Readers Write: Help for middle class helps US; Appreciation for Budge Sperling

Letters to the Editor for the October 7, 2013 weekly print magazine: 

Too many lawmakers cannot see that increasing the share of wealth at the top by weakening the middle class leads to less spending, lower profits, and a slower economy.

Reading the recent tribute to former Washington, D.C., bureau chief and Monitor Breakfast creator Godfrey "Budge" Sperling Jr. was like a warm and vivid visit with Budge himself.

Put money in hands of middle class

After reading the Sept. 9 cover story, "5 lessons of the Great Recession," I was particularly interested to come across a statistic that US income inequality is the worst since 1928.

The fact that income inequality, which has been steadily rising for the past 30 years, culminated in the second worst economic panic in the nation's history, followed by an anemic recovery and unprecedented weakness in job growth, should cause policymakers to consider what has happened to the American middle class.

The Great Depression was followed by unprecedented growth for nearly 40 years. With strong labor unions and federal programs such as the GI Bill, a thriving middle class was created, and growth was evenly spread through all economic classes. But in the early 1980s, unions began declining, wages stagnated, tax policy encouraged outsourcing and offshoring, and tax breaks were skewed toward the wealthy, culminating in the Bush administration tax cuts.

With an economy that is 70 percent driven by consumer spending, the only road to economic prosperity is to get money back into the hands of the people who will spend it – the middle class. In 1914, Henry Ford nearly doubled the wages of his factory workers, reasoning that he would sell more cars if his workers could afford to buy them.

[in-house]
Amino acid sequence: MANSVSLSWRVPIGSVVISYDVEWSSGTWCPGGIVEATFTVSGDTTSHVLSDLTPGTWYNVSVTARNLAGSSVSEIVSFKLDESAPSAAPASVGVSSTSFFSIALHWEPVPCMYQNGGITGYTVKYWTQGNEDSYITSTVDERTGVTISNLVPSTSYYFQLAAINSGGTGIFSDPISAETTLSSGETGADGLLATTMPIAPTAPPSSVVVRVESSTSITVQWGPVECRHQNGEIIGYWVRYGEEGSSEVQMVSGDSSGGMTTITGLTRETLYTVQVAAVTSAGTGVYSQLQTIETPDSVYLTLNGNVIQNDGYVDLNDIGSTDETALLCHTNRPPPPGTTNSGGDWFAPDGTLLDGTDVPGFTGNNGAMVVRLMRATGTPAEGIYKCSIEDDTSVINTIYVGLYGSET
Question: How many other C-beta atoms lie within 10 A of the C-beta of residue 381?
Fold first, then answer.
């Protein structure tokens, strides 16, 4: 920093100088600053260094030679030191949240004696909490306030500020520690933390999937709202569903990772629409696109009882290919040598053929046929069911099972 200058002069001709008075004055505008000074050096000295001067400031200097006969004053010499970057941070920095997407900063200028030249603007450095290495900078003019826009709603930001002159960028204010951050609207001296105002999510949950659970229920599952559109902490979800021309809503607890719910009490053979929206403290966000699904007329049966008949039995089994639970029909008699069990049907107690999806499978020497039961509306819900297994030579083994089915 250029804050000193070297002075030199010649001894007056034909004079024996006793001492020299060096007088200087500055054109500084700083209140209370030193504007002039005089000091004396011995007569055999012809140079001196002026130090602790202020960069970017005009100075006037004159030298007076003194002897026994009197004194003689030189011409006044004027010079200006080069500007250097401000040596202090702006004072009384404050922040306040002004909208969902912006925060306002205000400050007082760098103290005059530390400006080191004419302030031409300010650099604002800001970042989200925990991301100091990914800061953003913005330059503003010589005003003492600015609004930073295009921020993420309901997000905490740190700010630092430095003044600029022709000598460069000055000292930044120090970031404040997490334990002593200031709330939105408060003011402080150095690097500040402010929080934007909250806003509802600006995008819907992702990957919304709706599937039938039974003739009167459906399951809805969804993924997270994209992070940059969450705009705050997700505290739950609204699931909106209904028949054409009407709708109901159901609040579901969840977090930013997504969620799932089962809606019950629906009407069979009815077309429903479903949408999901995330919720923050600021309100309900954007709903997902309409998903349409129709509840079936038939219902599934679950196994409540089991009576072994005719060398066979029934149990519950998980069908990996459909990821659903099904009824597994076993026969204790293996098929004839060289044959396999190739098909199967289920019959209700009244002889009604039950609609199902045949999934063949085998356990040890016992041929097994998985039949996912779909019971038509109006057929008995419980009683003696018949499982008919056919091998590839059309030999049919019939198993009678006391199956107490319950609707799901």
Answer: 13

It is a mystery to me that some in today's wealthy class and too many lawmakers cannot see that increasing the share of wealth by weakening the middle class leads to less spending, lower profits, and a slower economy. This is not class warfare; it is simple economics.

Rick Soule

South Lake Tahoe, Calif.

Appreciation for Budge Sperling

Thank you to David Cook and to all at the Monitor for the exceptional Sept. 23 tribute to former Washington, D.C., bureau chief and Monitor Breakfast creator Godfrey "Budge" Sperling Jr. ("Pioneer of newsmaker journalism"). It included such wonderful quotes. Reading it was like a warm and vivid visit with Budge.

Elizabeth Selover

Santa Barbara, Calif.

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Dear Reader,

About a year ago, I happened upon this statement about the Monitor in the Harvard Business Review – under the charming heading of “do things that don’t interest you”:

“Many things that end up” being meaningful, writes social scientist Joseph Grenny, “have come from conference workshops, articles, or online videos that began as a chore and ended with an insight. My work in Kenya, for example, was heavily influenced by a Christian Science Monitor article I had forced myself to read 10 years earlier. Sometimes, we call things ‘boring’ simply because they lie outside the box we are currently in.”

If you were to come up with a punchline to a joke about the Monitor, that would probably be it. We’re seen as being global, fair, insightful, and perhaps a bit too earnest. We’re the bran muffin of journalism.

But you know what? We change lives. And I’m going to argue that we change lives precisely because we force open that too-small box that most human beings think they live in.

The Monitor is a peculiar little publication that’s hard for the world to figure out. We’re run by a church, but we’re not only for church members and we’re not about converting people. We’re known as being fair even as the world becomes as polarized as at any time since the newspaper’s founding in 1908.

We have a mission beyond circulation, we want to bridge divides. We’re about kicking down the door of thought everywhere and saying, “You are bigger and more capable than you realize. And we can prove it.”

If you’re looking for bran muffin journalism, you can subscribe to the Monitor for $15. You’ll get the Monitor Weekly magazine, the Monitor Daily email, and unlimited access to CSMonitor.com.